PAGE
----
5 Ways to Cover Costs When You Can’t Afford Your Insurance Deductible

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No one is immune to rising medical costs, even if you have health insurance.

The average annual deductible for a single person was $6,575 in 2023. If it seems you’re having more trouble covering that deductible, it’s not just your imagination.

A deductible is the amount you must pay for health care services before your insurance kicks in. After you satisfy the deductible, you’re typically responsible for any co-payments.

Deductibles in the United States soared 7% between 2022 and 2023. In comparison, income inched up 5.2% during that same period, according to a Penny Hoarder analysis of KFF and Census Bureau data.

It’s the beginning of a new year, which typically means you start over again with your deductible. But, what can you do if you can’t afford insurance deductible costs? Unless you have a spare $6,500 lying around, you’ll need to find ways to cover medical costs without sliding into debt.

We’ve compiled the best strategies when you can’t afford your deductible so you and your finances end up as healthy as possible by the year’s end.

What to read next: Find out if you’re wasting money on these nine things.

What to Do When You Can’t Afford Your Health Insurance Deductible

There’s no quick or easy way to reduce medical debt. But when your deductible is beyond your budget, there are still ways to get the medical care you need without going into debt. Here are a few ideas.

1. Use Savings From an HSA or FSA

If you have a high deductible health plan (HDHP), you can open a health savings account (HSA) to cover medical expenses.

An HSA allows you to save the money before taxes are taken out of your paycheck, then put that pre-tax money toward your deductible.

Any savings you don’t spend in the current year rolls over to the following year, and the money in your HSA stays with you even if you switch insurance plans, change jobs or retire.

If you don’t have an HDHP, your employer may still offer a flexible spending account to cover some medical expenses. Similar to an HSA in that you save pre-tax money from your paycheck, an FSA differs because if you don’t use the money by the end of the year, you lose it.

2. Shop Around

If you’re not in an emergency, it pays to do a little bargain-hunting when it comes to medical care — there’s no need to reach your deductible limit unless you absolutely have to.

I have personal experience with this strategy. When I injured my arm a few months ago, my doctor gave me a list of places to get an X-ray. The closest one was at a hospital I was familiar with, so I figured I would head there.

Pro Tip

If your total medical expenses exceeded 10% of your adjusted gross income, you may be able to deduct them on your tax return. Check with the IRS for a complete list of deductible expenses.

But just to double-check that I was covered, I called my insurer. The customer service representative informed me that, yes, X-rays were covered at the hospital but that I should expect to pay $250 for facility fees.

He then recommended I go to a private X-ray service provider on the list. It was a 20-minute drive across town, but it only cost me $50.

Moral of the story: It pays to call ahead and ask questions.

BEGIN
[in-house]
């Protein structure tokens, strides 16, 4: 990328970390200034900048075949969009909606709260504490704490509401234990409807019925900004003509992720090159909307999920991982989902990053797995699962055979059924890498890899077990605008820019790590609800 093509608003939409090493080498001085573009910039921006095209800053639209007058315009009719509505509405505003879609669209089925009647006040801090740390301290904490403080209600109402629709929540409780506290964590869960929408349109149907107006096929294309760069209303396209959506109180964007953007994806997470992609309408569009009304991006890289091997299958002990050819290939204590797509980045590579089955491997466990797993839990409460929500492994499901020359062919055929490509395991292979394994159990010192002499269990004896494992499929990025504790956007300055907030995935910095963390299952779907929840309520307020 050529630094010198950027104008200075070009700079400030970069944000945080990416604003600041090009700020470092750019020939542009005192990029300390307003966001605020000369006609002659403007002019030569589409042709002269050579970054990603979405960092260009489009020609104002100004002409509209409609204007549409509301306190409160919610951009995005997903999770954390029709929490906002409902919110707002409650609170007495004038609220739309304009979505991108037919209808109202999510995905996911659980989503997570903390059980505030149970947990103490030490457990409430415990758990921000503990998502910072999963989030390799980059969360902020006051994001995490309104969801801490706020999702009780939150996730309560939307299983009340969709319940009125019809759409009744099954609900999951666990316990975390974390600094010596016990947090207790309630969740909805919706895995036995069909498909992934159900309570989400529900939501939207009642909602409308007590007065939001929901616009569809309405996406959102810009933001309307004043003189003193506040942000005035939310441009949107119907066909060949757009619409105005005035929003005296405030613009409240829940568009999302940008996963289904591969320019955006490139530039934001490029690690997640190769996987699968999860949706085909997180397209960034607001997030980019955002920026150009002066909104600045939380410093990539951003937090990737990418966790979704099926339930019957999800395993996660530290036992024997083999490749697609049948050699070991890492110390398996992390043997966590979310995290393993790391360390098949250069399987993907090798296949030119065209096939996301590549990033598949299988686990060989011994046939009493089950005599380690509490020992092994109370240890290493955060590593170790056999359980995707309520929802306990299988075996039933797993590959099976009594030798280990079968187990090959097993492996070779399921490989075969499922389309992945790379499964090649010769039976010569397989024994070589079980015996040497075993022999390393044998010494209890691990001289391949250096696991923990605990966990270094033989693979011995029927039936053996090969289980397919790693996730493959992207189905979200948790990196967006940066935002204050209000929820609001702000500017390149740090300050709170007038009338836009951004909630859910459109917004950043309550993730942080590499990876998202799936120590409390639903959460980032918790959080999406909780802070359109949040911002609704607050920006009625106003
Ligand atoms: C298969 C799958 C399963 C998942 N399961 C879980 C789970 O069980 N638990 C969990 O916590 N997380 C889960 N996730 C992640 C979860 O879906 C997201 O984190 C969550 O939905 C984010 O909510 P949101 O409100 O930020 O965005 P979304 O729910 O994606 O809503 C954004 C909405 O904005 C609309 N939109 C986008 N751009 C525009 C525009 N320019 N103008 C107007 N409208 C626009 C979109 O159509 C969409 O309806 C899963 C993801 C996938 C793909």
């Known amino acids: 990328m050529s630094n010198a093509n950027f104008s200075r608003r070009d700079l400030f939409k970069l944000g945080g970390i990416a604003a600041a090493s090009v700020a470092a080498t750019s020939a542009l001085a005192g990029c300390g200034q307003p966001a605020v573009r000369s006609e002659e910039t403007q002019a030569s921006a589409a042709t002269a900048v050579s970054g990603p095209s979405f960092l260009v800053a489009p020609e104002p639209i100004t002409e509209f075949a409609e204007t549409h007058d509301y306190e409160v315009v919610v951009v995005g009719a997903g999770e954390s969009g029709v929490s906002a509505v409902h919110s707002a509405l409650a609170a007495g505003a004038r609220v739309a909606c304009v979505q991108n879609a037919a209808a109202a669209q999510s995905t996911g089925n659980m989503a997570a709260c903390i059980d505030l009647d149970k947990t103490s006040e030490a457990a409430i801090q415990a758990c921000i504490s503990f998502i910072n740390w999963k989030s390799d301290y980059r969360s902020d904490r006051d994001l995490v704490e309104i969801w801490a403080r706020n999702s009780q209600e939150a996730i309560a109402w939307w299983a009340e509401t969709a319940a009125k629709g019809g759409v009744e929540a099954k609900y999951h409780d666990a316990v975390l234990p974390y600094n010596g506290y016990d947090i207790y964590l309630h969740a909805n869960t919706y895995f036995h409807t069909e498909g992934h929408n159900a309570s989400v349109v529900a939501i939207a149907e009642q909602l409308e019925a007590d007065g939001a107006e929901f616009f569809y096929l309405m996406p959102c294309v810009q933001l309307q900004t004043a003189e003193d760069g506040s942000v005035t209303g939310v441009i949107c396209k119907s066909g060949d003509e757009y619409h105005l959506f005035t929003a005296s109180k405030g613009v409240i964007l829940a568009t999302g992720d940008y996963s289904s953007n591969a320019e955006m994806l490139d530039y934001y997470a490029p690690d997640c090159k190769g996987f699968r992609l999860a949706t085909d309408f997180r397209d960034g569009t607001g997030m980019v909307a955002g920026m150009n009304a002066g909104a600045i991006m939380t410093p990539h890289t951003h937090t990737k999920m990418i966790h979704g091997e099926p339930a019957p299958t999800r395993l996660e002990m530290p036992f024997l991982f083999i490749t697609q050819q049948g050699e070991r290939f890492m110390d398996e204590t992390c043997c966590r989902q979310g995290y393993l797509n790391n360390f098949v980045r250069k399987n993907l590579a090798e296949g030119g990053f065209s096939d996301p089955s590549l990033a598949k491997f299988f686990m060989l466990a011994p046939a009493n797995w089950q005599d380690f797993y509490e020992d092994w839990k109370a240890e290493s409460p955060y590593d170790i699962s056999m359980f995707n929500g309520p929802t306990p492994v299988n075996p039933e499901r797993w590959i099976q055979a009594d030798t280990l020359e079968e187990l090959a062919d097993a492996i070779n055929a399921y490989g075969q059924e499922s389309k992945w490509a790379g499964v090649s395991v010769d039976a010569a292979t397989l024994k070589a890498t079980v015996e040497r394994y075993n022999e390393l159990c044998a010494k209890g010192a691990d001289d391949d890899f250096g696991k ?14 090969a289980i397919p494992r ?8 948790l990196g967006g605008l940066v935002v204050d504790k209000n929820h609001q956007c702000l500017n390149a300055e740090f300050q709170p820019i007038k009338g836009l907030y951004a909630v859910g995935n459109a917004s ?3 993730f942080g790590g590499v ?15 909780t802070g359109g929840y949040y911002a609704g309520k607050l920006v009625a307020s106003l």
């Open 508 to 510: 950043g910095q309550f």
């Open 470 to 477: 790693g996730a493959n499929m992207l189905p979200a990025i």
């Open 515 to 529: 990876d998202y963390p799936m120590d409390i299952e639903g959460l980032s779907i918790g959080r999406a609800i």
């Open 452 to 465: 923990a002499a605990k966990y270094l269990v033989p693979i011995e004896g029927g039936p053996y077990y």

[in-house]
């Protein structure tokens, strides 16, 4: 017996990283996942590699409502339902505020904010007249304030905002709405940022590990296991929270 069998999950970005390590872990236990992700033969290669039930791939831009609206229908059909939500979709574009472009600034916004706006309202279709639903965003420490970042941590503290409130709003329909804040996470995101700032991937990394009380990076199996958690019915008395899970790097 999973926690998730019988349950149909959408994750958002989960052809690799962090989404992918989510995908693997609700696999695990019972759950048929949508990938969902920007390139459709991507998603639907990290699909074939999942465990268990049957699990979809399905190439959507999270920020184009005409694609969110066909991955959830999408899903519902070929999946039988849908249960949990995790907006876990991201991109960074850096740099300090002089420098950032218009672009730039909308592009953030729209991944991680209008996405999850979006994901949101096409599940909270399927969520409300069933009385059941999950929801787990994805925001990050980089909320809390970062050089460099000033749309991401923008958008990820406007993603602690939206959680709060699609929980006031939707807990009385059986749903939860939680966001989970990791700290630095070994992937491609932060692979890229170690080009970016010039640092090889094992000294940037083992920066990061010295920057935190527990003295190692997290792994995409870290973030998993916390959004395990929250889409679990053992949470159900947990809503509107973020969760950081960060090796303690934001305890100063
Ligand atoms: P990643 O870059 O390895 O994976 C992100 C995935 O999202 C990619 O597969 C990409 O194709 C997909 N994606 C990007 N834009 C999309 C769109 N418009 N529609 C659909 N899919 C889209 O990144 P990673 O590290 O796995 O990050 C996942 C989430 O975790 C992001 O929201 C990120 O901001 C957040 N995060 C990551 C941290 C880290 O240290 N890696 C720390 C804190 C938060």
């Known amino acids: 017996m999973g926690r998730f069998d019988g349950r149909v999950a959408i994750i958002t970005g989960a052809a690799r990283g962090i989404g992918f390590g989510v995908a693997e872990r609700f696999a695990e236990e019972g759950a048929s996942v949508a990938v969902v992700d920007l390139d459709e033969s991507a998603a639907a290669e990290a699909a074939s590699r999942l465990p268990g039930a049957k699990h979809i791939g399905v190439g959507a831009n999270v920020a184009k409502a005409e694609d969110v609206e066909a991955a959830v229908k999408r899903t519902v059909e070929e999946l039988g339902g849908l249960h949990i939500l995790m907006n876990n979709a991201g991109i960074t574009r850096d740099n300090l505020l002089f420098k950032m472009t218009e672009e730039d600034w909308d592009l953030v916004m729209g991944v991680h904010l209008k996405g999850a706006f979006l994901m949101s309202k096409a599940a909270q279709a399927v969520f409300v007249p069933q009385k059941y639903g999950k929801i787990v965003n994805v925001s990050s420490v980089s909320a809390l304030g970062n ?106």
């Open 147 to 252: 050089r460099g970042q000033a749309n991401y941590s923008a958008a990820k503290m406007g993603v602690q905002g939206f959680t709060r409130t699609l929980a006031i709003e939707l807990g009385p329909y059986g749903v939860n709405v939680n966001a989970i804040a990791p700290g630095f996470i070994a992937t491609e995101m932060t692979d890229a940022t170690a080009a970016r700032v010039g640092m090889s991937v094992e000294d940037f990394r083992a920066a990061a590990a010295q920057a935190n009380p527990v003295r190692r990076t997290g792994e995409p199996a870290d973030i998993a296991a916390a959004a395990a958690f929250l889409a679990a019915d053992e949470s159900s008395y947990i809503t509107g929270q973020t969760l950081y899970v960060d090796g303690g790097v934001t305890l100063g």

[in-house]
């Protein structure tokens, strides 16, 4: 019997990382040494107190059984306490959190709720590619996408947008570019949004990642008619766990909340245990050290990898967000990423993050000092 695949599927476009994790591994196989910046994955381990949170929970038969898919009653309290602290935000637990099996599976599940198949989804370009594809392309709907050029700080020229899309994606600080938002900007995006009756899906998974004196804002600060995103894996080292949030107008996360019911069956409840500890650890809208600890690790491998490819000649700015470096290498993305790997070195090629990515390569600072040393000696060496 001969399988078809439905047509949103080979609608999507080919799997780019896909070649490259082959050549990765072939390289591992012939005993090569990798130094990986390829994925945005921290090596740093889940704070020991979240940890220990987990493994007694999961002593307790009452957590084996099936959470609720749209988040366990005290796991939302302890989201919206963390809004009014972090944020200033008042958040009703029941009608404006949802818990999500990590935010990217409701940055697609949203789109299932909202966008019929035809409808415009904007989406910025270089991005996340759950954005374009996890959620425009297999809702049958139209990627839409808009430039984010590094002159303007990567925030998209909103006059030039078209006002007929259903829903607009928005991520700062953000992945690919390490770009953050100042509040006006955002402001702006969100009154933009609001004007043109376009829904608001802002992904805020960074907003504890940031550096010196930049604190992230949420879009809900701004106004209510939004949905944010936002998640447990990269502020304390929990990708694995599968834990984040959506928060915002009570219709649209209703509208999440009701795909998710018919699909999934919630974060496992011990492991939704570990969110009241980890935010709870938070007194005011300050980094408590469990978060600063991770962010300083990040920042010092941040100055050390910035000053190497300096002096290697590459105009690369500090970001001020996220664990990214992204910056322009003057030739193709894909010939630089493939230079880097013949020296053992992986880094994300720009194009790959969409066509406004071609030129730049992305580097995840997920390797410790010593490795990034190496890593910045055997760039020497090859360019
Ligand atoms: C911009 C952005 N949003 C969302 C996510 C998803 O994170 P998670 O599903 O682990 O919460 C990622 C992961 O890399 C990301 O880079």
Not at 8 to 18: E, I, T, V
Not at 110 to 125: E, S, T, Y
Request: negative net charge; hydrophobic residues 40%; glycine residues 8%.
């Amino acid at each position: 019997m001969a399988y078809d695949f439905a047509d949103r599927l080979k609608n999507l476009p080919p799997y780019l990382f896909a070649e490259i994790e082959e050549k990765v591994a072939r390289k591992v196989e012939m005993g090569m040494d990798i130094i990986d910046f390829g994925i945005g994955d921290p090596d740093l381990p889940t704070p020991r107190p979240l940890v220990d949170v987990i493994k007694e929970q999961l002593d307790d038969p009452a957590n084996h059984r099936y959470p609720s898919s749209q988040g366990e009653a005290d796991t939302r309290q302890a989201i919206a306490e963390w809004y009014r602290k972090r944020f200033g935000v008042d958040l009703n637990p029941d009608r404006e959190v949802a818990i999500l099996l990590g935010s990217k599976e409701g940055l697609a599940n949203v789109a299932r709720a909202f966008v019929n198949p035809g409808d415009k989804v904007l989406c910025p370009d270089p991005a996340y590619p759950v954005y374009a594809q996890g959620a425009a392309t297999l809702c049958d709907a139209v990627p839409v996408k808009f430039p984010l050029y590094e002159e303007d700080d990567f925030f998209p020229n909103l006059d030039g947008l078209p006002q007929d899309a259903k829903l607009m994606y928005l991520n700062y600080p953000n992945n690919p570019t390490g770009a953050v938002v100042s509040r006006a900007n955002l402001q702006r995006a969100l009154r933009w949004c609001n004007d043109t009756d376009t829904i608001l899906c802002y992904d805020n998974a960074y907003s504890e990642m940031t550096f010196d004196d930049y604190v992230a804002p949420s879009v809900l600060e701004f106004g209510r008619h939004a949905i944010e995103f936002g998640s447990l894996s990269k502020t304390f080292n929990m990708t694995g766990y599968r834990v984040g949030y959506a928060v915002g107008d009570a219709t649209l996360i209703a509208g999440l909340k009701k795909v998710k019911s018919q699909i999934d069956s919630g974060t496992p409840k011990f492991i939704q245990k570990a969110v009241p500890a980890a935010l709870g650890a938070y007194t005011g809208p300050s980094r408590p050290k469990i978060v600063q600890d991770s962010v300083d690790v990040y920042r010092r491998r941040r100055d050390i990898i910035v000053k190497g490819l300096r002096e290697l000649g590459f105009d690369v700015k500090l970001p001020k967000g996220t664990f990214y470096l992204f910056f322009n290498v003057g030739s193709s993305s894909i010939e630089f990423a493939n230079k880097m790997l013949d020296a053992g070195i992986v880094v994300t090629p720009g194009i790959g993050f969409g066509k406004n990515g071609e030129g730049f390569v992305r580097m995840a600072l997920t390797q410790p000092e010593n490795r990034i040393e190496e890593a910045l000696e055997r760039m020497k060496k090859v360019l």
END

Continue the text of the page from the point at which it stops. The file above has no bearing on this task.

The same goes for every aspect of your care, including medication. Check out how to use a prescription discount card to compare prices and get the lowest price for your medication.

3. Pay Attention to Your Bill

If you think reviewing your medical bill for mistakes isn’t worth the effort, consider this: As many as 80% of hospital bills have errors.

Whether it’s human error or something more nefarious — including illegal practices like upcoding and unbundling of services — medical billing mistakes can add huge costs to your medical bill that you don’t even owe.

Those extra costs can needlessly leave you paying more toward your deductible.

So before you give up and pay the bill — or worse, ignore it and let it go to collections — here’s how to correct medical billing errors.

4. Ask for Help

If the medical bill arrives and you’re too scared to open it, you’re not helping yourself.

In fact, you’re setting yourself up for more financial woes than an oversized deductible — from overdue fees to debt collectors to wage garnishment.

Pro Tip

Don’t use a credit card to pay for medical expenses — medical bills typically don’t accrue interest, while credit card interest rates average in the double digits.

If you know you can’t afford your bill, the time to take action is earlier rather than later. By getting organized and figuring out how much you can pay, you can approach your provider and potentially negotiate a reduced payment or agree to an installment plan.

Even if you end up reaching your deductible by the end of the year, by paying in installments you’ll spread out the costs over a year rather than with a huge expense to absorb in one month.

But you won’t get help if you don’t ask for it, so check out this guide to paying medical bills you can’t afford.

5. Seek Out Wellness Alternatives

I get it — if your deductible is high enough, you might be tempted to put off medical treatment. But your health is your most valuable asset, and delaying care could end up costing you even more when that nagging pain turns into an emergency room visit.

It can take a little digging, but you can find lower-cost options for many services — particularly routine wellness checks and screenings. Here are seven alternative ways to beat health care costs that will help you stay well, so you never have to bother with the dreaded deductible.

Your health is worth it.

Tiffany Wendeln Connors is a staff writer/editor at The Penny Hoarder. Multimedia Content Creator Chris Zuppa contributed to this article.